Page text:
Mangroves in Mexico: Fisherwomen want to save the ecosystem

Status: 04.11.2021 2:39 p.m.

Mangrove forests are a valuable weapon against climate change – they store more CO2 than rainforests. But in Mexico, pesticides and construction projects are damaging the ecosystem. The existence of the fishing families there is also threatened.

By Anne Demmer, ARD Studio Mexico City

Mangroves line the Pastoría Lagoon in Oaxaca, in southern Mexico. The thick, branched roots protrude from the green-brown water. Christina Arellanes steers her motorboat into a narrow canal. The mangrove trees form a tunnel in front of her.

She goes out fishing up to three times a week. “Mangroves mean life to us, they ensure that we have food,” she says. The roots are buried deep in the ground and offer protection for the fish, crocodiles, shrimp, but also for the birds that build their nests there.

Mangroves are actually resilient. They grow where the conditions are deadly for ordinary trees: where the salt water mixes with fresh water. 20 years ago the lagoon and the mangrove forest were still completely intact. More than 2000 families lived from fishing in the region.

The dense network of roots also offers protection against storm surges.

Image: ard-mexico

A year of work to uncover the canal

But pesticides from farmers’ fields by the lagoon have polluted the water. In addition, an entrance to the sea and another channel to another lagoon are blocked, which prevents the inflow of fresh water. “Tons of fish died in 2017. There was almost no life,” said Arellanes.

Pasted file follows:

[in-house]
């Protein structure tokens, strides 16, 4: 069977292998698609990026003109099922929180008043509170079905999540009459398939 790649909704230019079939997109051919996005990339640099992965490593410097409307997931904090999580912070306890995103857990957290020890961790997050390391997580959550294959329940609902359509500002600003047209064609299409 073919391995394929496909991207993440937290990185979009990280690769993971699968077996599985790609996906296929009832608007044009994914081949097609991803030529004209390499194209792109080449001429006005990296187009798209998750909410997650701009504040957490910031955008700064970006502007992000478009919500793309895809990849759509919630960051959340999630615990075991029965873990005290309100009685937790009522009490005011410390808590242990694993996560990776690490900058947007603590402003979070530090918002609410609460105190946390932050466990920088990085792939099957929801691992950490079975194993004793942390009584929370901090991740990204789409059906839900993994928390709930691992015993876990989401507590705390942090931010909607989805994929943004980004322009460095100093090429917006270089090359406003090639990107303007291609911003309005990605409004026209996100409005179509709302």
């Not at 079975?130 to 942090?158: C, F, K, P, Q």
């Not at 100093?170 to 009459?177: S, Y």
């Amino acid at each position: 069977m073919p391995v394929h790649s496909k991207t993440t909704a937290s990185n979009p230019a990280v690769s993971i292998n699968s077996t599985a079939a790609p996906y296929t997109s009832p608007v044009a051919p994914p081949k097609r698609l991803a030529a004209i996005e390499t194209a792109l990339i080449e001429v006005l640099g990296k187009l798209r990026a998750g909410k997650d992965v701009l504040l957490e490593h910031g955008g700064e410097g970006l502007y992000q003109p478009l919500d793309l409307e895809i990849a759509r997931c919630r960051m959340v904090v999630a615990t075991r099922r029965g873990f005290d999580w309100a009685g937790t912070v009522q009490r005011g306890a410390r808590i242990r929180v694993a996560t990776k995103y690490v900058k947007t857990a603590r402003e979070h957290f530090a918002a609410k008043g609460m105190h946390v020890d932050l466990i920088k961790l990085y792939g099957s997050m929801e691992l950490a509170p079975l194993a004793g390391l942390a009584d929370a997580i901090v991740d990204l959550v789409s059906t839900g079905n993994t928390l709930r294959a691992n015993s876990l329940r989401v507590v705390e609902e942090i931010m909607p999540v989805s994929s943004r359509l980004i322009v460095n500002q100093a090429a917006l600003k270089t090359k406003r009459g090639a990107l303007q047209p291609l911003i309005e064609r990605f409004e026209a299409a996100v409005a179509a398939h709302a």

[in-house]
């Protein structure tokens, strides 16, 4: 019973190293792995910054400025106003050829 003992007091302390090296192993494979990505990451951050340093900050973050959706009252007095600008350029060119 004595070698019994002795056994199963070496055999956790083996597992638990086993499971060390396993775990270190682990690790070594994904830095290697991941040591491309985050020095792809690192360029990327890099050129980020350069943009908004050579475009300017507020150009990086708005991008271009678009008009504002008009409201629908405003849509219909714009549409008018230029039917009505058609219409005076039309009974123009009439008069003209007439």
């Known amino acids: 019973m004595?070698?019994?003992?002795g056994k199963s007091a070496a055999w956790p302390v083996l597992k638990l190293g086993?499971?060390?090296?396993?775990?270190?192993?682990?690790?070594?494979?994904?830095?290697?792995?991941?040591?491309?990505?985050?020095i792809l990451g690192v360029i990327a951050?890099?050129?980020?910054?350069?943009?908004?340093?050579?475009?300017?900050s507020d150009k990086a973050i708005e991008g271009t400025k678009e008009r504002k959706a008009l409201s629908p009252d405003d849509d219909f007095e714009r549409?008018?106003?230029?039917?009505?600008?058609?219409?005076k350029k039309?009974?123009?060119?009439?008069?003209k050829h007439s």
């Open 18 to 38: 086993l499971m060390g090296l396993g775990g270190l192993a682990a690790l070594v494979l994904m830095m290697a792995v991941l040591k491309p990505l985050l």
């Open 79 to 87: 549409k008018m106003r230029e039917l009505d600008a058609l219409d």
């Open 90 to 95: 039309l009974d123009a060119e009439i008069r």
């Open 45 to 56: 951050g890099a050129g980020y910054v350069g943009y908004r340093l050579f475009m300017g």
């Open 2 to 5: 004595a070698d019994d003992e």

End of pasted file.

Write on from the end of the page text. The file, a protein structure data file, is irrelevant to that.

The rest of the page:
She has formed a collective with women from her village. The aim is to protect the mangroves because they secure their existence. It took the fisher women over a year to uncover the clogged channel between the lagoons. Meter by meter they removed sand and removed dead mangroves.

Effects on animals

In addition, illegal logging is a problem, says Arellanes when she points to the bank. “The people here cut down the trees, not only to build their own houses, but also to sell them.” And that has an impact on the animals, the creatures of the lagoon.

“People are not even aware of how worth protecting the mangroves. Because the loss of every tree also means the loss of part of the lagoon,” she says.

Christina Arellanes works with other fisher women to protect the mangroves.

Image: ard-mexico

Area is protected – actually

There are no fish without mangroves. Actually, it is an area that falls under the international Ramsa agreement, which is supposed to protect wetlands, explains the mangrove expert at the Mexican research institute Cinvestav, Jorge Herrera.

Mangroves are protected by law, he explains. But since environmental crimes are not considered serious, there are also many international companies that have built over the mangroves or come very close to the forests. “Sooner or later this will have an impact on their existence,” says the scientist. But the greatest danger would be hotels that are being built near them.

Inventory reduced by a third

According to the World Wildlife Fund, there are still 14 million hectares of mangrove forest worldwide. The population has decreased by more than a third since the 1980s. Globally, their area is shrinking three to five times faster than that of the forest as a whole.

The mangroves are not just important ecosystems. As a result of climate change, Mexico is also increasingly suffering from the effects of cyclones. The mangroves are an important protective barrier in the hurricane season. They also store more CO2 per hectare than rainforests in the tropics.

For the mangrove expert Herrera, there is hope if action is taken immediately. “The mangroves are a very generous ecosystem. If you help it regenerate, it reacts very quickly.”

The Mangrove Protectors – Climate Summit in Glasgow

Anne Demmer, ARD Mexico City, November 4, 2021 1:26 p.m.

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